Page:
James McClafferty: Scotland is becoming digitally progressive

Scotland is becoming a digitally progressive country

Scotland is becoming a digitally progressive country

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The UK government is finally recognising the need for an accelerated pure fibre broadband roll-out, with a much greater emphasis on driving competition within the industry.

Evidenced by Chancellor Phillip Hammond’s announcement of Westminster’s new Digital Infrastructure Fund in November’s autumn statement, this welcome plan will provide £400 million public investment matched by the private sector.

This forms part of a much bigger conversation about the role the public sector should play in digital infrastructure investment as well as the need for greater collaboration with providers.

Progress is clearly being made, with the Financial Times recently commenting on the Department for Culture, Media and Sport’s call for evidence on how public sector organisations can act as “demand aggregators” for wider fibre broadband roll out. These “anchor customers” help to bring new infrastructure development to regions currently under-served or suffering from an over-dependence on ageing copper connections.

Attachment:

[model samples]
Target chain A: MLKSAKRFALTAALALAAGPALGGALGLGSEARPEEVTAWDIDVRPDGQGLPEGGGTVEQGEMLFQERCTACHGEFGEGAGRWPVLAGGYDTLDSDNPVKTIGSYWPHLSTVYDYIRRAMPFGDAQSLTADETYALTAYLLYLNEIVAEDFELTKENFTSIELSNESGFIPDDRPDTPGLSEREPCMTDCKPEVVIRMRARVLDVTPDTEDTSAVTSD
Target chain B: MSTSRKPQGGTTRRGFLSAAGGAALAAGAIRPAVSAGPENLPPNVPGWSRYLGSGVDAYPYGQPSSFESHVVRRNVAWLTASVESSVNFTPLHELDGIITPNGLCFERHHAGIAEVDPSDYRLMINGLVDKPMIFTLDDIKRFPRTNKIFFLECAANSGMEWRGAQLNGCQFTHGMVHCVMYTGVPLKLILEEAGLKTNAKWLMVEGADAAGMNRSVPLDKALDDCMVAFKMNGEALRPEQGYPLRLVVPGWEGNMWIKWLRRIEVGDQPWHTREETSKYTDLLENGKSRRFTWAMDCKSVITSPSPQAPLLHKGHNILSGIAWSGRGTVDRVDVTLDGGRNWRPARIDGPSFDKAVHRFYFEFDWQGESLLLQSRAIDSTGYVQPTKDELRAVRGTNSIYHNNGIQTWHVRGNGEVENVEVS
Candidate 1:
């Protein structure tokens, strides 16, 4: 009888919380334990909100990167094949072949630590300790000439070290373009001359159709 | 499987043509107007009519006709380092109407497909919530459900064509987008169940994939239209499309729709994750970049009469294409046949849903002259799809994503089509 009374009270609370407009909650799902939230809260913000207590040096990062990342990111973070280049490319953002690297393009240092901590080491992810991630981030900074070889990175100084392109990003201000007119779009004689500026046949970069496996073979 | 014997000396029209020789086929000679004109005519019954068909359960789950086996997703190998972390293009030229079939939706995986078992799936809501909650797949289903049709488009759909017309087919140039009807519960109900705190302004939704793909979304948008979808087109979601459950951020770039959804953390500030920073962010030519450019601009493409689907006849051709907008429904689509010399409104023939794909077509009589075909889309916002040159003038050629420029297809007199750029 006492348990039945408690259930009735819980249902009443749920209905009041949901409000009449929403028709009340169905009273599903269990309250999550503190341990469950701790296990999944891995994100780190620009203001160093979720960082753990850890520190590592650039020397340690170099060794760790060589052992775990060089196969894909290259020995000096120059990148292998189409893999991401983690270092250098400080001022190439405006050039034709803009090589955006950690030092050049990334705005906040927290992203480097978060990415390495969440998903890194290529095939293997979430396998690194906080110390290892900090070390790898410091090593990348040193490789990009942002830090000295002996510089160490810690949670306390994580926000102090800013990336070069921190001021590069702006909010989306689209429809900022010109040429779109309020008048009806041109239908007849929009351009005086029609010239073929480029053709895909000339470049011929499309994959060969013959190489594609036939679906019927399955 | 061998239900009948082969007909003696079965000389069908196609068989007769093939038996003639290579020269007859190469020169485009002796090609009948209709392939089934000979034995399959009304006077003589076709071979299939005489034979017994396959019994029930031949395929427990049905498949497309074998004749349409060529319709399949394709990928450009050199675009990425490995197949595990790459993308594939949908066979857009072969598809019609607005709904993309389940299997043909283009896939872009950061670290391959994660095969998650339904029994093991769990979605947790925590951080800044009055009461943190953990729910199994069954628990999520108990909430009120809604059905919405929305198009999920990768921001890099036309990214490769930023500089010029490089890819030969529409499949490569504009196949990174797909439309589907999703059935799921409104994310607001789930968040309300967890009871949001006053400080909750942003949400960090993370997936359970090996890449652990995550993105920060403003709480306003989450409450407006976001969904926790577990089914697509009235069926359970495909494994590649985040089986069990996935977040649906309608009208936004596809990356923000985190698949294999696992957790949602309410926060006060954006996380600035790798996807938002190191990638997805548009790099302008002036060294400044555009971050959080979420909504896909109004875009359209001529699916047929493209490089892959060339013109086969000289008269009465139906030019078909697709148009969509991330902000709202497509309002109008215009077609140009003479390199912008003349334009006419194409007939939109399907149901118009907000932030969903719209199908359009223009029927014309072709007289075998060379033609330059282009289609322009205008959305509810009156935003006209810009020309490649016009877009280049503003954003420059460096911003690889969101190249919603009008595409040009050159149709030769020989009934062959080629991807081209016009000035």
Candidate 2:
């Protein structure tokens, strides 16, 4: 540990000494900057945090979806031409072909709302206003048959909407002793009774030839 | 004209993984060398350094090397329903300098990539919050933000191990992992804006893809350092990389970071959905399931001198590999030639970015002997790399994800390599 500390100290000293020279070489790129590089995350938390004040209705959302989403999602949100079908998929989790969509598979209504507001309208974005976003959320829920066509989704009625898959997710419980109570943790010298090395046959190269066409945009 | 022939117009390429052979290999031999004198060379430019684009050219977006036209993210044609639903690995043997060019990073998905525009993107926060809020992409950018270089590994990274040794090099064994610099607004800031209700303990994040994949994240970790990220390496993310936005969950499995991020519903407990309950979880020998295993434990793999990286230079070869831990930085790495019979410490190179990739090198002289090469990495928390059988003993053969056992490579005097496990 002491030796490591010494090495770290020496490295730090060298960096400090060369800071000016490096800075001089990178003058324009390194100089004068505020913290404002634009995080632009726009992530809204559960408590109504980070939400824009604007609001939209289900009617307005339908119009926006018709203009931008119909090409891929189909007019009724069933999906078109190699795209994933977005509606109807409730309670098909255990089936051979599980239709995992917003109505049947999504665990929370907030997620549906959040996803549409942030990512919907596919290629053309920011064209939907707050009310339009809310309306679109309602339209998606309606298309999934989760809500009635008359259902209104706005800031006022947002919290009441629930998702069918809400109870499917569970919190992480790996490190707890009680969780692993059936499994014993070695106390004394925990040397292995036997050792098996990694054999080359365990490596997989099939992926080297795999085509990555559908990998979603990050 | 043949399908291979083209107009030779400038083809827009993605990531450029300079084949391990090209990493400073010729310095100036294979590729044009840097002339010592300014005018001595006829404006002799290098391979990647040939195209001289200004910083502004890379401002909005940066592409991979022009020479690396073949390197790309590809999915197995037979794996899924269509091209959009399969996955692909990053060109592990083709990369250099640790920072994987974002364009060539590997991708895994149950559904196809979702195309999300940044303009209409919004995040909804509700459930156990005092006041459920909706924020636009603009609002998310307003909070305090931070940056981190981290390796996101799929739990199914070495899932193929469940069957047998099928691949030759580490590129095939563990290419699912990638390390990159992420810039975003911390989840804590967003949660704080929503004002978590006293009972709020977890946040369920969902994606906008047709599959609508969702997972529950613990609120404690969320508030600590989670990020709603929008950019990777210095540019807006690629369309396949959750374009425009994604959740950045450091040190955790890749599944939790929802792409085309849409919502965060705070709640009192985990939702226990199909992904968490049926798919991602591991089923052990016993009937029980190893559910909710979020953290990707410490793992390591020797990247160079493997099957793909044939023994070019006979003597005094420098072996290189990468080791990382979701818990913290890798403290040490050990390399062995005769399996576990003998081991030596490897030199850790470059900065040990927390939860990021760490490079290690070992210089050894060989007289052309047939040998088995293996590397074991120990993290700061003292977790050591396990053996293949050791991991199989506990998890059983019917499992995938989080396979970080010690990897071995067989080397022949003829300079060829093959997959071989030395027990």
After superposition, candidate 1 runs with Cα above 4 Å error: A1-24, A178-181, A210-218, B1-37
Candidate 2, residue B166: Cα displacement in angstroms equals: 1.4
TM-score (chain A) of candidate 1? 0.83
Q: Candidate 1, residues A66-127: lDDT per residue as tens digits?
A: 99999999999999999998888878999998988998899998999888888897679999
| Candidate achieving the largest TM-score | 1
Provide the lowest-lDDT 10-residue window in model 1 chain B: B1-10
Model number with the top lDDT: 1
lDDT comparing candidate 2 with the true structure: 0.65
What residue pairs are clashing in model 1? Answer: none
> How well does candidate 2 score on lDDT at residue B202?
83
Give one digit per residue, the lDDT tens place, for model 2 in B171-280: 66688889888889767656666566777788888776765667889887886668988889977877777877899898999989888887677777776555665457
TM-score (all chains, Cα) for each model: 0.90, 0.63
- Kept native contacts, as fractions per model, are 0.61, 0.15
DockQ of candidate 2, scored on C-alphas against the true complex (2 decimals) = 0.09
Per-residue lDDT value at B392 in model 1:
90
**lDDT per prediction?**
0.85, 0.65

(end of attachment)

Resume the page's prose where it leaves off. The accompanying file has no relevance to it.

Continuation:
In Scotland, this is already happening. By creating demand for new networks through IT infrastructure procurement programmes, organisations with large geographical footprints like city councils are becoming anchor tenants for developers like CityFibre, making investment such as city-wide ultra-fast fibre networks commercially feasible. This in turn creates the platform for Mobile 4G and 5G investment and supports businesses, universities, and potentially, Fibre To The Home projects.

At present, the 150km network in Edinburgh is accessible to over 7,000 businesses and organisations, as well as schools, public WiFi and other public services. Demand from the council has catalysed Edinburgh’s Gigabit City build, which now spans most of the city. This has allowed for increased access for smaller independent businesses, which are now enjoying ultra-fast connectivity. The Scottish capital can now count itself as being amongst the most digitally connected cities in Europe.

Stirling recently became Scotland’s newest Gigabit City, thanks to a partnership with Stirling Council. As the council network progresses and becomes available to business customers, we expect the historic city to experience substantial economic benefits.

Our gigabit networks evidence how “demand aggregators” can influence an entire community’s access to fibre-optic broadband, and how these “anchor customers” can act as enablers for growth and innovation.

Scotland is fast becoming one of the most connected, digitally progressive countries in the world and our digital capabilities as a country need to meet the demands of this growth and innovation.

To do so, we need to accelerate the roll-out of brand new, gigabit infrastructure to welcome all areas of our communities into the new digital age.

James McClafferty, head of regional development Scotland, CityFibre

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